The Sharif Mia's canteen beside the university library served nice cups of tea and buttered toast biscuits sprinkled with sugar. Here, you could have a half plate tehari costing only eight annas. During the late '60s, the TSC cafeteria was opened. Here, one could have snacks or lunch. Although the ambience was better, this was not as popular as Madhu's canteen.

The Provincial Restaurant and Islamia Restaurant of the stadium market were favourite places for those who were sports minded and frequented the stadium area. The Mughlai paratha of Provincial was very popular.

There were no burger joints in Dhaka at that time. The closest to a burger we had was a piece of deep-fried chicken in a bun at a place called Purnima Restaurant in Jinnah Avenue.

Ruchira restaurant, located in the municipal market at Luxmi Bazar, also served good Mughlai parathas. For sweetmeats, there were the good old dependable Maranchand and Kalachand shops. They did not offer many fancy sweets and the choice was rather simple and limited. There was rasogolla, chamcham, kalojam, sandesh, balushai etc.

Sweet curd from Maranchand was another great attraction. Bakarkhani and shuta kabab from Lalbagh Kellar Mor or Chawk Bazar were always a welcome snack. Some restaurants like Jal Khabar offered breakfast of luchi with bhaji or halwa.

In the old town, there were nameless places which served paya or nehari with tandoor roti in the morning. The Light Confectionary shop in New Market was the place to go for a nice beef or chicken patty. It also offered a cupcake with bright pink icing on top called Queen Cake and Cream Roll. The other two confectionery shops were Olympia and Capital Confectionery. The better variety of such delicacies available at Shahbagh Hotel or Purbani Hotel was naturally out of our reach.

During those days, the street food like fuchka, chotpoti had not attained the respectability of being prepared or served at home. It was mostly available in front of the Ramna Park gate, under the big tamarind trees or just behind the Gulistan Cinema Hall.

The first regular restaurant to serve these delicious items was Flamingo Restaurant in Purana Paltan. Flamingo was also the first to introduce bhel puri to the Dhakaites. For exotic food, there was the famous Paglaar Gelassy near the Lion Cinema Hall. It is still a mystery as to why it was called gelassy!  This was a specially cooked mutton preparation eaten with roti. Supposedly very energy giving, this was popular with the body builders and wrestlers. This is now an extinct delicacy.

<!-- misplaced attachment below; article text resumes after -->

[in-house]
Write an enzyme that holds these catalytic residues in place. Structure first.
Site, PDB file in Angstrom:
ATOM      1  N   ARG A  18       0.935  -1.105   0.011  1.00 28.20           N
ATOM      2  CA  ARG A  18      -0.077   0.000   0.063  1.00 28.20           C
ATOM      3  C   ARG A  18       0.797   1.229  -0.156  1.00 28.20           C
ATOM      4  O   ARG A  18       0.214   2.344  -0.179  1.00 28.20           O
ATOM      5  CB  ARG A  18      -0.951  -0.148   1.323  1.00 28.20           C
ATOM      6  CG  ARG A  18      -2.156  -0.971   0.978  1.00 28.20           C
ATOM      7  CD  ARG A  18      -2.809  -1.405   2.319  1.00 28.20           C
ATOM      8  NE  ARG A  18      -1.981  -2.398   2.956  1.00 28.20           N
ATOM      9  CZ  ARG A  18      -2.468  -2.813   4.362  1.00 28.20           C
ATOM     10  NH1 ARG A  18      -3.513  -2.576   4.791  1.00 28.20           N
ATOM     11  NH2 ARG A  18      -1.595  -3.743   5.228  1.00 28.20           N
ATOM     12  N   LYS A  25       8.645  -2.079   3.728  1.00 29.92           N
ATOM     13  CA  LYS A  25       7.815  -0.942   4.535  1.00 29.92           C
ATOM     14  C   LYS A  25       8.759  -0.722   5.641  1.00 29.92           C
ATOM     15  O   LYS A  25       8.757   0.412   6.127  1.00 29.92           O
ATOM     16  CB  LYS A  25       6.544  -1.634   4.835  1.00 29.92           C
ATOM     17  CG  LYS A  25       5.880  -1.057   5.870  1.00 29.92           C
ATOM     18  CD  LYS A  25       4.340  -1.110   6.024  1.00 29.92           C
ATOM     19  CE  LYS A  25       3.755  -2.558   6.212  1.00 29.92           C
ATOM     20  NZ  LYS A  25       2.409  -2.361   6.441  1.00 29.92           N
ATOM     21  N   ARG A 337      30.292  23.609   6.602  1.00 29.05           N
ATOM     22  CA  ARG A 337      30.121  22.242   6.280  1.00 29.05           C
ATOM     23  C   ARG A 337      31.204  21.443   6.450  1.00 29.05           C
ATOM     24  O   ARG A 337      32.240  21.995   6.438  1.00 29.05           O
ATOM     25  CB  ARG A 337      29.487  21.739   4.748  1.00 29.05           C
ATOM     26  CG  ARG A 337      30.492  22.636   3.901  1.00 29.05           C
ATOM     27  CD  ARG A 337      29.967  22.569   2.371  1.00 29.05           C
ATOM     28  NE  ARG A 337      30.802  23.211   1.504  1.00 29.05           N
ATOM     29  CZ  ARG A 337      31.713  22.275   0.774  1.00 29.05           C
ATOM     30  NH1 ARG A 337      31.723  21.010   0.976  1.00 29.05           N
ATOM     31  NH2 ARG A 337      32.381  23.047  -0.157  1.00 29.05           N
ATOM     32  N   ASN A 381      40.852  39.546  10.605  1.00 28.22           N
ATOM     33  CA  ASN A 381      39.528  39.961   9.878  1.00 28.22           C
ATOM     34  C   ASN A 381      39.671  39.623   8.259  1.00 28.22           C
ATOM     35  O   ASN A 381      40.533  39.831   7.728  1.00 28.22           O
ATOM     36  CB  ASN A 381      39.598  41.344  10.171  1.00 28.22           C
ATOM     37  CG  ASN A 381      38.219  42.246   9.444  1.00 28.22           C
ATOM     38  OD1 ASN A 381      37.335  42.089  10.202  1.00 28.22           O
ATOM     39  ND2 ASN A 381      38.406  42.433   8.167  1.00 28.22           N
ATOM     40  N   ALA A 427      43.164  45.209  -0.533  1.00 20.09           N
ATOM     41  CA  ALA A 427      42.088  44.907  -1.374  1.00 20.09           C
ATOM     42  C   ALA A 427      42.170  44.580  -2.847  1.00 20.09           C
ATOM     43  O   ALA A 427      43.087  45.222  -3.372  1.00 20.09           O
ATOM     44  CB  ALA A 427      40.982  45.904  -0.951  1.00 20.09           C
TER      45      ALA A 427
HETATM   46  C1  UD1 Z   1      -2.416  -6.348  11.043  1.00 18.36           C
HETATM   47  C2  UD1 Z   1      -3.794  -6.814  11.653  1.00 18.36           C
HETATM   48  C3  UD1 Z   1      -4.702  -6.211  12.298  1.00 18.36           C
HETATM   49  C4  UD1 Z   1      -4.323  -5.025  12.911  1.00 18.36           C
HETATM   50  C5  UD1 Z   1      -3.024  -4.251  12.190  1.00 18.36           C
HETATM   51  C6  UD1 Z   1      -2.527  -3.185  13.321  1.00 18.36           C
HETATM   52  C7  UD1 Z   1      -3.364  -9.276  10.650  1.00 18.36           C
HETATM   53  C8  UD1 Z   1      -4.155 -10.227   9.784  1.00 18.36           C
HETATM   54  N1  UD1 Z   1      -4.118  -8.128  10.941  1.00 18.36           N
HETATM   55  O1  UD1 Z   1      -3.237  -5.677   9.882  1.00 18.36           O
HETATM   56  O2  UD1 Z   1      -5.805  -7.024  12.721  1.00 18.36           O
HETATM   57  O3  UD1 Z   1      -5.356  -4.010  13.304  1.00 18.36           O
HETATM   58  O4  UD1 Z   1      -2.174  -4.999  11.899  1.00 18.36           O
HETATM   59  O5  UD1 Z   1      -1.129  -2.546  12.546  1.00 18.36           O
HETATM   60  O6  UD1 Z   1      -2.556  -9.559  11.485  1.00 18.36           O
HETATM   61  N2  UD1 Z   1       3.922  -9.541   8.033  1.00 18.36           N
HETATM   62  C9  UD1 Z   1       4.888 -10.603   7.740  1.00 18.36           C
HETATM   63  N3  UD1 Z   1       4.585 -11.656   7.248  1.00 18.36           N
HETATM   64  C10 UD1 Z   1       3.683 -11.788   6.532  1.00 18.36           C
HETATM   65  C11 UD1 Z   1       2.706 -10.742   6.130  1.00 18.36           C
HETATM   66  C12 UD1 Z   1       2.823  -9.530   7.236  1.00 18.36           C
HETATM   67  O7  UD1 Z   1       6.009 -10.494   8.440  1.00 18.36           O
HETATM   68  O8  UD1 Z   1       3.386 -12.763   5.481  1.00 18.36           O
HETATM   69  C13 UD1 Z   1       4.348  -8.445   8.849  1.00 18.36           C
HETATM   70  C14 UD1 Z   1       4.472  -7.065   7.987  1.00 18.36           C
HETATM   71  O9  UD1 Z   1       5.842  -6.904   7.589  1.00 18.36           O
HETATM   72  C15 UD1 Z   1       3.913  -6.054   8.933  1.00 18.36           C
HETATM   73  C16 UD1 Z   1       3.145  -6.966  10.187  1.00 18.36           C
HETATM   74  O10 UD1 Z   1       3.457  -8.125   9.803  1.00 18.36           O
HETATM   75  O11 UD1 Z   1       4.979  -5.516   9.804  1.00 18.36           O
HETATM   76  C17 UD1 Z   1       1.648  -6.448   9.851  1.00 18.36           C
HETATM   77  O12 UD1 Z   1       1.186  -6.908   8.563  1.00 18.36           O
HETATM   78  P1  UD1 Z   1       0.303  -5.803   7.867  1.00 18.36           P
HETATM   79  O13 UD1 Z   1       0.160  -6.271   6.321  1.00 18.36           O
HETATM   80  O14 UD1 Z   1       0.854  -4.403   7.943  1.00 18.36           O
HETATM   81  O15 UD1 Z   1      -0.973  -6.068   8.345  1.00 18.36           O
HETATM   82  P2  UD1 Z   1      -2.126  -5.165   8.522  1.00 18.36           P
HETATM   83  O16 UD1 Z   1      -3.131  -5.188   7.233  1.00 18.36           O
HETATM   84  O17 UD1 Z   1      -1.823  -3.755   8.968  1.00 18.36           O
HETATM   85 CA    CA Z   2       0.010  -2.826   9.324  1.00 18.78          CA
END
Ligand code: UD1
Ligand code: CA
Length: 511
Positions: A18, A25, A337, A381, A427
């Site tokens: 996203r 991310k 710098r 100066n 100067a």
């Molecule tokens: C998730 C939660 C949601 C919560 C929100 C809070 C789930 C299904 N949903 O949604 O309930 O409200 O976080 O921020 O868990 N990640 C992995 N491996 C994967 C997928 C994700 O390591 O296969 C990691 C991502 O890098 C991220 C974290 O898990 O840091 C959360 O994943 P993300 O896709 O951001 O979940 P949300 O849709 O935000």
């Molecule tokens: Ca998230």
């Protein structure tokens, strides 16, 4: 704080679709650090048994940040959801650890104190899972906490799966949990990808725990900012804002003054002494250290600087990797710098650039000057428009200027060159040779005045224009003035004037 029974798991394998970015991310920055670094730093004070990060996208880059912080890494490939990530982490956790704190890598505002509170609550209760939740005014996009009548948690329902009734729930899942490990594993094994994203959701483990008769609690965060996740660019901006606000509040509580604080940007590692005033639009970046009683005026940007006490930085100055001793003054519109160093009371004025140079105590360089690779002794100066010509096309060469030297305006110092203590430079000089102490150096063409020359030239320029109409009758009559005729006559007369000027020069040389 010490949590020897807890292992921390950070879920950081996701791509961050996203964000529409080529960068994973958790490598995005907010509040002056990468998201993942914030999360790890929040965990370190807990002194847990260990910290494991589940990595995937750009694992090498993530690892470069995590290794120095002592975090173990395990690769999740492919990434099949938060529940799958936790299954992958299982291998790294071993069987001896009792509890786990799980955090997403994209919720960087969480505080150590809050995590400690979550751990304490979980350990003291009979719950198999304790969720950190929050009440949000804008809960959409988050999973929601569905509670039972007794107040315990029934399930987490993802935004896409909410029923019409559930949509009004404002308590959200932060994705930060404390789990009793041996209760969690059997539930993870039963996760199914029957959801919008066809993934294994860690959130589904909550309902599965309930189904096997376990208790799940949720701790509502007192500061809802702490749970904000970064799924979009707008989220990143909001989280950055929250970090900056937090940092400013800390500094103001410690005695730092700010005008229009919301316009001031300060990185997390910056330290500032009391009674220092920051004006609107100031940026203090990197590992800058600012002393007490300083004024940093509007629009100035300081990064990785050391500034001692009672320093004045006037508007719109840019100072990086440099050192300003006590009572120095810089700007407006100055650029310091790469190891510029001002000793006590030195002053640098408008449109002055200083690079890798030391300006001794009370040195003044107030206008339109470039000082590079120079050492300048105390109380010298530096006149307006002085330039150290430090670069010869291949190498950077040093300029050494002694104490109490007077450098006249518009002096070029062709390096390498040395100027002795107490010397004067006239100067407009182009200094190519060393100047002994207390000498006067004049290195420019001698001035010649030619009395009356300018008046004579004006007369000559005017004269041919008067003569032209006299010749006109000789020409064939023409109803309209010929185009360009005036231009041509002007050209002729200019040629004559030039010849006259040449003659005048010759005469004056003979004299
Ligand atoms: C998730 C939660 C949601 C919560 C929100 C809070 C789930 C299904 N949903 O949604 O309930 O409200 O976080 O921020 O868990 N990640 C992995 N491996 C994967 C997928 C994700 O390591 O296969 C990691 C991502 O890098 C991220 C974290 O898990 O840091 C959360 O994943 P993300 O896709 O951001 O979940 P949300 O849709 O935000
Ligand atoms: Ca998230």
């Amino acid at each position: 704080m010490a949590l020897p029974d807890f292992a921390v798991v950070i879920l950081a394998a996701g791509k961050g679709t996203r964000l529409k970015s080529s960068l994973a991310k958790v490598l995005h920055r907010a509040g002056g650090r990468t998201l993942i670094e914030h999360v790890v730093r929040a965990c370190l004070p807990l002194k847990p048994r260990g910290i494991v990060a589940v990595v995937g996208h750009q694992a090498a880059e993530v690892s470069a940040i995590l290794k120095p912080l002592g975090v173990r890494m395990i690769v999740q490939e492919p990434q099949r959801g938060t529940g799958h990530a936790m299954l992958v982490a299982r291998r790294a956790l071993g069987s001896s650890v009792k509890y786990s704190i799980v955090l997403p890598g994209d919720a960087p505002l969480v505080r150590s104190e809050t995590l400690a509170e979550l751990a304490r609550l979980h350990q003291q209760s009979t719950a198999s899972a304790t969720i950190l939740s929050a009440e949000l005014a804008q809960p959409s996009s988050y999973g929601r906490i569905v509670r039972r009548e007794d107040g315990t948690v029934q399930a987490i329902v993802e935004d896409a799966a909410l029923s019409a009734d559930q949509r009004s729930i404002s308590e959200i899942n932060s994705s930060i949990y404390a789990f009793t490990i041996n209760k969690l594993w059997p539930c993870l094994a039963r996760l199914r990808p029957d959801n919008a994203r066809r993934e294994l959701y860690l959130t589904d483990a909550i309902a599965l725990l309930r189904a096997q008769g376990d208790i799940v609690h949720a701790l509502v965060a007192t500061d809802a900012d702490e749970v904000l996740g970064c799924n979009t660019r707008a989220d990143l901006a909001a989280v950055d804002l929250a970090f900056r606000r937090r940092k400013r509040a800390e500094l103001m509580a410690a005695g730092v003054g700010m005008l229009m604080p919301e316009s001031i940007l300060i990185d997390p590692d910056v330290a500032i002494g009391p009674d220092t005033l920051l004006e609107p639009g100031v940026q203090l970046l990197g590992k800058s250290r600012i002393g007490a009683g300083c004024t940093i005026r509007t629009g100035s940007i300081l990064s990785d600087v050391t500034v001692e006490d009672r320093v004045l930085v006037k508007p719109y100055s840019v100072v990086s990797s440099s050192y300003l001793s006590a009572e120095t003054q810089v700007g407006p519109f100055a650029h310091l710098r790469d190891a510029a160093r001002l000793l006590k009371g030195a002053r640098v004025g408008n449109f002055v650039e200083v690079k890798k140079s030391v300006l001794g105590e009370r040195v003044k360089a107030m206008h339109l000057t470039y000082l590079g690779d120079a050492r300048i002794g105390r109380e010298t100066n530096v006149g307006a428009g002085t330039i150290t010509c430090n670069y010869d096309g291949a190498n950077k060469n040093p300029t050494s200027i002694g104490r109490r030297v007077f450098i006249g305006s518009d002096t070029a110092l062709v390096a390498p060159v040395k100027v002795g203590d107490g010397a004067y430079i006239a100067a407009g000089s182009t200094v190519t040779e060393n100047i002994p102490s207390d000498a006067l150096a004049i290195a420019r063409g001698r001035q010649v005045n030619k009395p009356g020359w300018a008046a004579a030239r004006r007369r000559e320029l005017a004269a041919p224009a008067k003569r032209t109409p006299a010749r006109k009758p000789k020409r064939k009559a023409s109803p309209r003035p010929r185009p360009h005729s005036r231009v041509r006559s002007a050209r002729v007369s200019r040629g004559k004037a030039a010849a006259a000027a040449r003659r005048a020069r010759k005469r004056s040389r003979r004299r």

For ice cream, there was the Baby Ice Cream Parlour in Jinnah Avenue across Gulistan Cinema Hall. In late '60s, another nice place for ice cream called Igloo Gentu came up in Topkhana Road. This place had the first jukebox in town! I will fail completely if I do not mention the Chawk Bazar Lassi. This was a very popular drink which came in sweet and savoury tastes.

Eating in Dhaka in the '60s will not be complete if I do not mention the DU residential hall food during those days. I used to stay in Jinnah, presently Surja Sen Hall, during my DU days. We paid less than Tk 40 as mess charge per month which covered two meals a day with an "improved diet" of pulao and half chicken roast every fortnight and a "feast" of pulao, full chicken roast, sweets and a coke every month.

We were students on a budget, but even one taka took us a long way. During breakfast, I used to have two buttered toast or parathas for 4 annas, omelette of two eggs for 8 annas, and a cup of tea for 2 annas. Total cost was less than a taka. It sounds like a fairy tale, but two people could have a decent Chinese lunch or dinner for 5 or 6 takas!

Dhaka was never the same after the '60s. Perhaps today, the number of restaurants in Banani alone will be more than all such establishments in Dhaka of the olden days.

Nowadays, we have restaurants offering cuisines of many different types from all corners of the world. While the people of my generation certainly enjoy the food scene of modern Dhaka, the taste of the 1960s food still lingers and leaves us feeling nostalgic.      

 

Photo: LS Archive/ Sazzad Ibne Sayed